• Crippling Overspecialization: He is legitimately not only a genius, but one of the greatest scientists in the world in his time, and possibly the greatest of all save for John Galt himself. So he is obviously very intelligent and capable... within his own narrow field of theoretical physics. Unfortunately, he is entirely devoted to that, and not very politically savvy at all—Which makes him an easy prey for his nominal subordinate at the Institute, Dr. Ferris, as well as the looters more generally.
  • The Dark Side Will Make You Forget: The progress of his confrontation with Galt shows exactly how his mindset changed after he joined the looters and how he forgot and abandoned everything he once believed in.
  • Despair Event Horizon: Fell over it long ago, which is why he joined the proverbial dark side — he sees no hope in fighting them.
  • Digging Yourself Deeper: His nervous attempts to justify his actions to Galt come across as horribly empty and pathetic, something that Stadler has trouble ignoring as he hears himself voice all of this out loud. Once he's done taking, Galt calmly tells him that Stadler has already said everything Galt himself would have, causing the professor to scramble from the room in horror.
  • Evil Counterpart: To his old rival and fellow college professor Hugh Akston.
  • For Science!: His motive for joining the enemies of science, reason, and truth was to guarantee himself the resources and freedom necessary to study science.
  • Good Is Impotent: His reasoning for going to the proverbial Dark Side.
  • Hoist by His Own Petard: Killed by a death ray he or at least his name helped make.
  • Hypocrite: Claims to still respect science and intellect, but Dagny and everyone else are disgusted that he's betrayed everything he claims to believe in.
  • Ignored Epiphany: When Project X is demonstrated, he realizes that this will cement the hold of tyranny on the land forever, and is tempted to speak out against it when he is called upon to praise and justify it. However, he ends up reading from the prepared script with no deviations, in order to save his own skin.
  • Jumping Off the Slippery Slope: A book-long process for him.
  • No Celebrities Were Harmed: Word of God was that he was based on Robert Oppenheimer
  • Logical Fallacies: Unless he's just that big a hypocrite...
  • Mentor Occupational Hazard: Post-Face–Heel Turn, to add insult to injury.
  • Necessarily Evil: he truly believes evil is necessary to survive in this world.
  • Never My Fault: He couldn’t help it!
  • The Obi-Wannabe: In his Backstory.
  • Opposed Mentors: With Hugh Akston — the rivals were both mentors for John, Francisco, and Ragnar and taught them completely different philosophies.
  • The Resenter: Towards John Galt, who he sees as the embodiment of everything he's worked to destroy.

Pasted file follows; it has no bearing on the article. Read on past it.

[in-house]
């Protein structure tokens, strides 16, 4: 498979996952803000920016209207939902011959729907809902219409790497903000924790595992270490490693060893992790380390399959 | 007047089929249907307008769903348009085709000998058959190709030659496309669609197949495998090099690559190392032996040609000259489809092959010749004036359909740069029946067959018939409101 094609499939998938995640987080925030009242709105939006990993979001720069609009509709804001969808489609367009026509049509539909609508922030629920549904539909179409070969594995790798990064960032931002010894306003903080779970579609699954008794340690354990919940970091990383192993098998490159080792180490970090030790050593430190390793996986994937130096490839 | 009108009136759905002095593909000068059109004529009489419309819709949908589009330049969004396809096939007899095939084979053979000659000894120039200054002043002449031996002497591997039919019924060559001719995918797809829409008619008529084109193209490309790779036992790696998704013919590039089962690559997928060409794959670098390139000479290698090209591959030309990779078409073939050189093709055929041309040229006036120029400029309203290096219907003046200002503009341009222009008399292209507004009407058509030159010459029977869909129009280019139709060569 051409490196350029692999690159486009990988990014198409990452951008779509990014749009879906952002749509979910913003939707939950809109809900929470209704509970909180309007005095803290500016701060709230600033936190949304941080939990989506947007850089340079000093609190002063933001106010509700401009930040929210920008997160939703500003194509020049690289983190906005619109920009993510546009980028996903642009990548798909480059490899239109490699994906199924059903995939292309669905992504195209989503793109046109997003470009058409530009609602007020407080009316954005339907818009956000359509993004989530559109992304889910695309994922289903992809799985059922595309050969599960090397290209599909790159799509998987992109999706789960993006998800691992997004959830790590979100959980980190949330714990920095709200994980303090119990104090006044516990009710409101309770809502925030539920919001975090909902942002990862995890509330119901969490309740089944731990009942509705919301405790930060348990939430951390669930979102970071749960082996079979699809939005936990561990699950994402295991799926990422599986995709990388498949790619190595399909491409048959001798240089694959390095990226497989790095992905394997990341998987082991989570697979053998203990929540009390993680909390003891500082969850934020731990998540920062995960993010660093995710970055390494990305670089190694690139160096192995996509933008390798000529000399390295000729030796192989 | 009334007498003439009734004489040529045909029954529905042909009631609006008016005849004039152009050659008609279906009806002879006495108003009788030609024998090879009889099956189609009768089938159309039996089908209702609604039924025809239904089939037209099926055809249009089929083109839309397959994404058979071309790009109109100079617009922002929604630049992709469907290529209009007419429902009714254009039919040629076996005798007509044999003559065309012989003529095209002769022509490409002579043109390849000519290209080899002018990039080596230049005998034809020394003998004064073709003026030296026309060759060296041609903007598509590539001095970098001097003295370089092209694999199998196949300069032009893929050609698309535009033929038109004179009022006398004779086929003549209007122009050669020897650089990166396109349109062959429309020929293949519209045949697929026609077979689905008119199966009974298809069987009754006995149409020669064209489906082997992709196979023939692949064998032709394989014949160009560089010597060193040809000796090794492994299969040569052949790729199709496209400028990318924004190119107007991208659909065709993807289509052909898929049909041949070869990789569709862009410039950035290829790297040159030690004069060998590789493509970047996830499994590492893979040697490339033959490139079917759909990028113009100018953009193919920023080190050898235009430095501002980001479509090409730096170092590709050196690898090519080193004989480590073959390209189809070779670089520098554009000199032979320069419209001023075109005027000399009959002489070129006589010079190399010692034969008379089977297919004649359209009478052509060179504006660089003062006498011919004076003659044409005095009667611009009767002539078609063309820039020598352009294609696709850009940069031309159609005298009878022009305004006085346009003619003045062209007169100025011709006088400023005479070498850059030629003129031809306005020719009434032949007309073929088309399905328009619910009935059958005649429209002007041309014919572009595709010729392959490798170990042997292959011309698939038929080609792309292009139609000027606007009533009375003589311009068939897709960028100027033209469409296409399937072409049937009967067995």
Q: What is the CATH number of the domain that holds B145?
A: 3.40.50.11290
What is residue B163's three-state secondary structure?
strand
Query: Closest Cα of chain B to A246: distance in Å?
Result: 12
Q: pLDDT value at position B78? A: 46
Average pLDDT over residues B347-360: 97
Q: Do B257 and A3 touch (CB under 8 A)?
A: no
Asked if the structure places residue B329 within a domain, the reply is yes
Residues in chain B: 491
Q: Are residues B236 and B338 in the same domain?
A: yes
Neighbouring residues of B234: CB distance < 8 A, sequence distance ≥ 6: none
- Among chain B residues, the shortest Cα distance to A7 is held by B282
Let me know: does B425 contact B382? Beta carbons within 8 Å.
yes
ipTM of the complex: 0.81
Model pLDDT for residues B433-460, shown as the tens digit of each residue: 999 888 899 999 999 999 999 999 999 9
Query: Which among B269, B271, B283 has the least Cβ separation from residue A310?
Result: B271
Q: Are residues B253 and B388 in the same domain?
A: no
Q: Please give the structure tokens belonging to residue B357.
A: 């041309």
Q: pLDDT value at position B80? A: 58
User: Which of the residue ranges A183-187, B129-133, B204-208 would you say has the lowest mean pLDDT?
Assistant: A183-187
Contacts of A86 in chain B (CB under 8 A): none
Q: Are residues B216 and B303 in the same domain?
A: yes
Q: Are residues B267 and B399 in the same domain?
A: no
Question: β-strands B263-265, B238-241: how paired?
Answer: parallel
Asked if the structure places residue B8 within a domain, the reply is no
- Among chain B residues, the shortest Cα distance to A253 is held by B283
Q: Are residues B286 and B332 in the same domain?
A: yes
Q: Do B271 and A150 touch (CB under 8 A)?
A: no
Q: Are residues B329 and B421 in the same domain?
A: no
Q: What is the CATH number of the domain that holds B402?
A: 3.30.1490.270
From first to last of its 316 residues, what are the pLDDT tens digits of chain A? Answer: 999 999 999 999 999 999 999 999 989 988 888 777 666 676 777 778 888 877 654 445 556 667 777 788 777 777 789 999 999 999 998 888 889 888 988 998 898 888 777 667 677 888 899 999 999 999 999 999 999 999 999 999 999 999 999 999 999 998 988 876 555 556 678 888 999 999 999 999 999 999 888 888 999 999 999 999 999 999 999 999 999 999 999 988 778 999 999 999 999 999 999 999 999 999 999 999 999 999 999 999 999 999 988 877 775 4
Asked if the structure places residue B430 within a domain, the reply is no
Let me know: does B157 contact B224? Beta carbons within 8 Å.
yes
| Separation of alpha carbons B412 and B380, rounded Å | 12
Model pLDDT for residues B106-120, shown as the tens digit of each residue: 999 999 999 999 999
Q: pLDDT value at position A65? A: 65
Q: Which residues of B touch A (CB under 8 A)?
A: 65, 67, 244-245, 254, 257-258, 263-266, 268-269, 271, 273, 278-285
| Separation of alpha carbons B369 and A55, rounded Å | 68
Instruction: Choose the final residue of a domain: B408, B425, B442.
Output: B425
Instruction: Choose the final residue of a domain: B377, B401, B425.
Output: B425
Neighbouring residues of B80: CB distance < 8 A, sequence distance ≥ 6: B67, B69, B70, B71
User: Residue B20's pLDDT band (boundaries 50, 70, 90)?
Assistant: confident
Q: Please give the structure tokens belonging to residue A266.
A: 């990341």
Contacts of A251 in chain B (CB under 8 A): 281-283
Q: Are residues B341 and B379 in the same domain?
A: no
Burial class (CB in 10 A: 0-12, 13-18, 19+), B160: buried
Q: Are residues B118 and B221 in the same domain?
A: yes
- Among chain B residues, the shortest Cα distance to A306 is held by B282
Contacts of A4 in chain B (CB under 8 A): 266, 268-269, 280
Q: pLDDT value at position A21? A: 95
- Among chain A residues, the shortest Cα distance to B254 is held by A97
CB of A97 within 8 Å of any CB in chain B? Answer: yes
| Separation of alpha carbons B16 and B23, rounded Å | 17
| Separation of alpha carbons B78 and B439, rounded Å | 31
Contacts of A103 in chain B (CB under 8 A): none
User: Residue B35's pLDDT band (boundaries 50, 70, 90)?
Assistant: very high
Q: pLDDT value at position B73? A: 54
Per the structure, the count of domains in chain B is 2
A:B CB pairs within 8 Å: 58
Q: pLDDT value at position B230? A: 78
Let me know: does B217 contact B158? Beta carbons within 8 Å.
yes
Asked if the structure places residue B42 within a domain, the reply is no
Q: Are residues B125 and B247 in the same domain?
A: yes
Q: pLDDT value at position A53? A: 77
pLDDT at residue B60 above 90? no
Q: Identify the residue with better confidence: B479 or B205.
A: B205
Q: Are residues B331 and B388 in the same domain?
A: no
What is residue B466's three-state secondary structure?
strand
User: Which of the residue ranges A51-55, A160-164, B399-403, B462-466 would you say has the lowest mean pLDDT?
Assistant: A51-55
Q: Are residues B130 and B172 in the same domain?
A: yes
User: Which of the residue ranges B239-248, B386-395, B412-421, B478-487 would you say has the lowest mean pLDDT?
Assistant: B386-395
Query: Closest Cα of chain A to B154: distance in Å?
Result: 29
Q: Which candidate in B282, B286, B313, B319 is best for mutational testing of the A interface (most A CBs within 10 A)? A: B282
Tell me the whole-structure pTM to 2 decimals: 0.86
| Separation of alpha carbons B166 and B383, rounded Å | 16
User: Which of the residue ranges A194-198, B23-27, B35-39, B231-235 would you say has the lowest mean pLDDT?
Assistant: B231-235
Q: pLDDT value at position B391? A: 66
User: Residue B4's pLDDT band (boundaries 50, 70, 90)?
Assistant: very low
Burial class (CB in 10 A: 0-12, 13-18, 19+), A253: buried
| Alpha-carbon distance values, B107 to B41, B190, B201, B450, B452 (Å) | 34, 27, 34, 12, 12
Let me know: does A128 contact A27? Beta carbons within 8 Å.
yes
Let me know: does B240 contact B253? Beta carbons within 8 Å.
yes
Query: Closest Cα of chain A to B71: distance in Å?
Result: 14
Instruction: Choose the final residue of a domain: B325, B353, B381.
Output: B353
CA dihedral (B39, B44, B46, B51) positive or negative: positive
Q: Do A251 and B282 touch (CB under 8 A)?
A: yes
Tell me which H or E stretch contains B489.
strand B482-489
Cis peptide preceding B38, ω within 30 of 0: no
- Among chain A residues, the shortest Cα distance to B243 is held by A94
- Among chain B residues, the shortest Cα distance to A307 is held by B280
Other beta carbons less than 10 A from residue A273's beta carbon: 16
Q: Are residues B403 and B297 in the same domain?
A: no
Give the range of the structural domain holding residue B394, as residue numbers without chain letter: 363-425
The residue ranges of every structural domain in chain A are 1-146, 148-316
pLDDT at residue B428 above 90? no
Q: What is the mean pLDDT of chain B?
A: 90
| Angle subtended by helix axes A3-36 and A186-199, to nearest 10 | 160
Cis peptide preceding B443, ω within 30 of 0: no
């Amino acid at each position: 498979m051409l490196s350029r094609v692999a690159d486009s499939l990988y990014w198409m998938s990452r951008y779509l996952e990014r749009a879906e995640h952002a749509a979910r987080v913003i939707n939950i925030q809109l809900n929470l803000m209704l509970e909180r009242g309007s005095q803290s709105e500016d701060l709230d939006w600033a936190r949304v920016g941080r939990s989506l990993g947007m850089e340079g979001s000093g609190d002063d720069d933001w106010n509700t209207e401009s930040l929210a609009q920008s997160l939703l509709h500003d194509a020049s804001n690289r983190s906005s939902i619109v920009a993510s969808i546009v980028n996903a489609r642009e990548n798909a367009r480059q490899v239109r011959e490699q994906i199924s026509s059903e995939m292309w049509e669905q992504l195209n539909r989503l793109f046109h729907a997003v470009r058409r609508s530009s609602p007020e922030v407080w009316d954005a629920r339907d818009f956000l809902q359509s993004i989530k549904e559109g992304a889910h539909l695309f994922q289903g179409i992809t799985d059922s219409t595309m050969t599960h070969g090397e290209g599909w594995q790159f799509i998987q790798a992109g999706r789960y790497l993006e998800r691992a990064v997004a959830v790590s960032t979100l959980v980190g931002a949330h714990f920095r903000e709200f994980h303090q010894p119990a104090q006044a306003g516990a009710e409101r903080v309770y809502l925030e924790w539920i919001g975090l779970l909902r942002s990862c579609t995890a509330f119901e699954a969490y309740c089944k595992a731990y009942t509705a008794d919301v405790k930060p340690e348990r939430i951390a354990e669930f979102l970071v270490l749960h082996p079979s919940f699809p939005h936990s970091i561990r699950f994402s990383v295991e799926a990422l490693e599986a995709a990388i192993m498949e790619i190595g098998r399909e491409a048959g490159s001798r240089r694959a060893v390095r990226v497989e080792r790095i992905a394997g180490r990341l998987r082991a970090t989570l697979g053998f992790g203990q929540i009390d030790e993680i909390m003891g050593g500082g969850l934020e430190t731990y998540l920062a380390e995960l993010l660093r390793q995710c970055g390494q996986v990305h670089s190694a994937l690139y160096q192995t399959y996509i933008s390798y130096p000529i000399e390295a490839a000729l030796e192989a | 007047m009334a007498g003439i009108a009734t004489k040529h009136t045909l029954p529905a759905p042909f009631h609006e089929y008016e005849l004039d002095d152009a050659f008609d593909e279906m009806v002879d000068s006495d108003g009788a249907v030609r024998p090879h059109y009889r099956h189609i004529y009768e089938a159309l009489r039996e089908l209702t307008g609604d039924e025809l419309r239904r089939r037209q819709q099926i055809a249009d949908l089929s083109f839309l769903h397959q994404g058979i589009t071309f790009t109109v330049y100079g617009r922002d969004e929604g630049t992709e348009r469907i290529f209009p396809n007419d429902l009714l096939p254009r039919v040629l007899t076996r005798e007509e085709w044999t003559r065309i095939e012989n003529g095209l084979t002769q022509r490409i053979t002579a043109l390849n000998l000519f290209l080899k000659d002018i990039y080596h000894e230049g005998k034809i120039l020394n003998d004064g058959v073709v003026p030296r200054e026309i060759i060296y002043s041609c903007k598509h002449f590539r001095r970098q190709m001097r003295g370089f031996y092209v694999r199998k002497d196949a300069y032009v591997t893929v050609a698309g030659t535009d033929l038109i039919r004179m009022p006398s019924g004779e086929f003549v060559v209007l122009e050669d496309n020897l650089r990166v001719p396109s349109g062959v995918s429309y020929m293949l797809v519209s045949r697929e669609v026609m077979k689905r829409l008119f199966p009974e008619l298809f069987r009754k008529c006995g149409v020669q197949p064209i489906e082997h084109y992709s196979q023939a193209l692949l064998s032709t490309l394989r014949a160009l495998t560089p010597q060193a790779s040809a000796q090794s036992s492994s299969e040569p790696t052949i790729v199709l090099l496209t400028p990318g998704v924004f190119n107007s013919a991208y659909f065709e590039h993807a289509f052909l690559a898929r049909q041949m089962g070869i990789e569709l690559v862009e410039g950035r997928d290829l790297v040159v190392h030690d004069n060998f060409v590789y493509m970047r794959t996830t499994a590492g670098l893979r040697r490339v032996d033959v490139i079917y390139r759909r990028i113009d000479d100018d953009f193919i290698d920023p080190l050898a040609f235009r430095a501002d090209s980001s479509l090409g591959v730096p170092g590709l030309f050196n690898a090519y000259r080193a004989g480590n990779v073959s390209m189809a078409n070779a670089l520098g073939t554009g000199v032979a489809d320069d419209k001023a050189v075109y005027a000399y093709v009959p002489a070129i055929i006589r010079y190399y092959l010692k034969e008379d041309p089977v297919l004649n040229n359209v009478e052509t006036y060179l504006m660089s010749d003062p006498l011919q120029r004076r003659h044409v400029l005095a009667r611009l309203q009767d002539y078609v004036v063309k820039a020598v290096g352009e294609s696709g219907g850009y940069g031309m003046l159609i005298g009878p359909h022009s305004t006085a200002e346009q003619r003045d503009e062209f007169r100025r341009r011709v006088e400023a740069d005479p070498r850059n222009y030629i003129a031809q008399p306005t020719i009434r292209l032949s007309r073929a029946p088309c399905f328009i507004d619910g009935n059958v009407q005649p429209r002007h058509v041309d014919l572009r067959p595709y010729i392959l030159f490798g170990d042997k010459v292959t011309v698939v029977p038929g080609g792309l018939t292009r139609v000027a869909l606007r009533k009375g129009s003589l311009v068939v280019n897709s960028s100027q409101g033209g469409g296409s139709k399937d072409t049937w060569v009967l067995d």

• Screw This, I'm Outta Here: After the "John Galt Plan" blows up in his colleagues’ faces. Unfortunately, he could not pick a worse route to go...
  • Villainous Breakdown: Following his last meeting with Galt, he completely loses it.

Mr. Thompson

"I’m no match for you, and you know it."

Head of State, but, interestingly, neither the Big Bad nor a revered and feared Big Brother-type figure – just another looter who thinks the solution to any problem with the economy is to pass more regulations, impose more taxes and penalties, and give more money to the most unproductive businesses that obviously need it the most.

  • 0% Approval Rating: Neither his subjects nor his cronies like him or think he's running the country well.
  • Bad Boss: For one, would have no problem torturing his associate Robert Stadler if it would get Galt to cooperate.
  • Batman Gambit: Successfully tricks Dagny into leading them right to John Galt.
  • Big Bad Wannabe: He finds himself losing control following John Galt's speech, and after Galt has been captured and the others discuss what to do with him.
  • Catchphrase: The word "flexible."
  • The Chains of Commanding: He may be the looters' leader, but his position is anything but fun.
  • Control Freak: Every time someone tells him things would be better if he lifted some controls, he snaps, "No!" He is literally unable to bear the thought of giving up control.
  • Despair Event Horizon: Lives here, believing there's no hope for the world and the most they can do is try to buy just a little more time.
  • Evil Cannot Comprehend Good: Cannot comprehend why John Galt rejects everything they offer him.
  • Logical Fallacies: The only solution to the problem caused by too many regulations is passing more regulations, which require passing more regulations, whose complications require passing more regulations...
  • Screw the Rules, I Make Them!: As Head of State, he makes and changes laws, regulations, taxes, and restraints on business and industry at rapid-fire speed.
  • Surrounded by Idiots: Complains to Dagny that none of his underlings have any intelligence whatsoever.
  • We Can Rule Together: Becomes desperate to make John Galt join them.

Orren Boyle

"Nobody can accuse me of running a profit-making business!"

Steel tycoon who thrives on the "aristocracy of pull."

Fred Kinnan

"I’m a racketeer – but I know it and my boys know it, and they know that I’ll pay off. Not out of the kindness of my heart, either, and not a cent more than I can get away with, but at least they can count on that much."

Head of Amalgamated Labor of America, a national Union, which gives him the pull of workers and manpower in negotiation at the table of the aristocracy of pull.